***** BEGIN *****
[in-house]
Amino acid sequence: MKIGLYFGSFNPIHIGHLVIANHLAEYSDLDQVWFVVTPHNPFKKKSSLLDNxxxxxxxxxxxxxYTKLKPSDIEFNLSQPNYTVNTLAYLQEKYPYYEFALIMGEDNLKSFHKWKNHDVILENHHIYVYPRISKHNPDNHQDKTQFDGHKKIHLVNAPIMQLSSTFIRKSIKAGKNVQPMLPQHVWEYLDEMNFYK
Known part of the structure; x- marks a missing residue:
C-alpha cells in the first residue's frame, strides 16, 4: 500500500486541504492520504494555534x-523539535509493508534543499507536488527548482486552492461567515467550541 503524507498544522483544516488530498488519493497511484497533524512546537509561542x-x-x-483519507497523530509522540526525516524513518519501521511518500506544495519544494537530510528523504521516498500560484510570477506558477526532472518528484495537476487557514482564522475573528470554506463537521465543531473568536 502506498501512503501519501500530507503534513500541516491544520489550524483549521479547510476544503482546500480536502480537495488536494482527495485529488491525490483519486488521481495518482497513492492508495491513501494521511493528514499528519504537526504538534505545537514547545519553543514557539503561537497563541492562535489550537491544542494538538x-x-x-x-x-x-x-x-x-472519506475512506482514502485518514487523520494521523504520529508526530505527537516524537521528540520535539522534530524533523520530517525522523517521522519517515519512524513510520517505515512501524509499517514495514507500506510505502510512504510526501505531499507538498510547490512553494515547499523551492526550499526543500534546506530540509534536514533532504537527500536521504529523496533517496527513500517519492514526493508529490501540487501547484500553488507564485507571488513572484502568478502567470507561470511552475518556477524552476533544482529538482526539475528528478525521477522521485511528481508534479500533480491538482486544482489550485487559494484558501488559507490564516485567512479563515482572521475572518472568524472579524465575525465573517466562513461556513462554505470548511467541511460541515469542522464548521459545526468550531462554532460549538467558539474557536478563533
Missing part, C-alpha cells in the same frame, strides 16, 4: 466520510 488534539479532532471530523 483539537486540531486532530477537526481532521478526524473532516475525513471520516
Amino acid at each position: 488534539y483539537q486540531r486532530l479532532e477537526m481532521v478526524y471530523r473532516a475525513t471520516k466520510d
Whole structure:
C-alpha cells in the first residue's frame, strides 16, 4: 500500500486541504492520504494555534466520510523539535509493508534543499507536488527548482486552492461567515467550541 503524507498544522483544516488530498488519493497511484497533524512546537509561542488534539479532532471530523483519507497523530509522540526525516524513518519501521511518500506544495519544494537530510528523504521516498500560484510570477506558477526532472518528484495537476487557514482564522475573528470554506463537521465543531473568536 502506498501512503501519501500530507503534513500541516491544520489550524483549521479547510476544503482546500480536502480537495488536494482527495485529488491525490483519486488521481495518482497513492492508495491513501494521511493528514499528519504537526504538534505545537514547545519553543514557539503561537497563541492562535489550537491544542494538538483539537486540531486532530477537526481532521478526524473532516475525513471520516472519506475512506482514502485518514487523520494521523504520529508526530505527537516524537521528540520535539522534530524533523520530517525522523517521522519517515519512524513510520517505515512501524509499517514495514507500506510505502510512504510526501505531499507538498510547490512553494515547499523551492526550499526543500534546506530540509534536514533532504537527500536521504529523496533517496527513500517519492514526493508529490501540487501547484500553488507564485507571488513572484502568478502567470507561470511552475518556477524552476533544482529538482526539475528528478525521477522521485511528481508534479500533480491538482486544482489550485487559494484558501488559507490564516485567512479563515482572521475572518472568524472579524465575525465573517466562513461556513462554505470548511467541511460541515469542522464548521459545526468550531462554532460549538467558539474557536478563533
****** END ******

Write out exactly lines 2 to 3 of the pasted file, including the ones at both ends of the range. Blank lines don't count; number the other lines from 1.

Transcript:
Amino acid sequence: MKIGLYFGSFNPIHIGHLVIANHLAEYSDLDQVWFVVTPHNPFKKKSSLLDNxxxxxxxxxxxxxYTKLKPSDIEFNLSQPNYTVNTLAYLQEKYPYYEFALIMGEDNLKSFHKWKNHDVILENHHIYVYPRISKHNPDNHQDKTQFDGHKKIHLVNAPIMQLSSTFIRKSIKAGKNVQPMLPQHVWEYLDEMNFYK
Known part of the structure; x- marks a missing residue: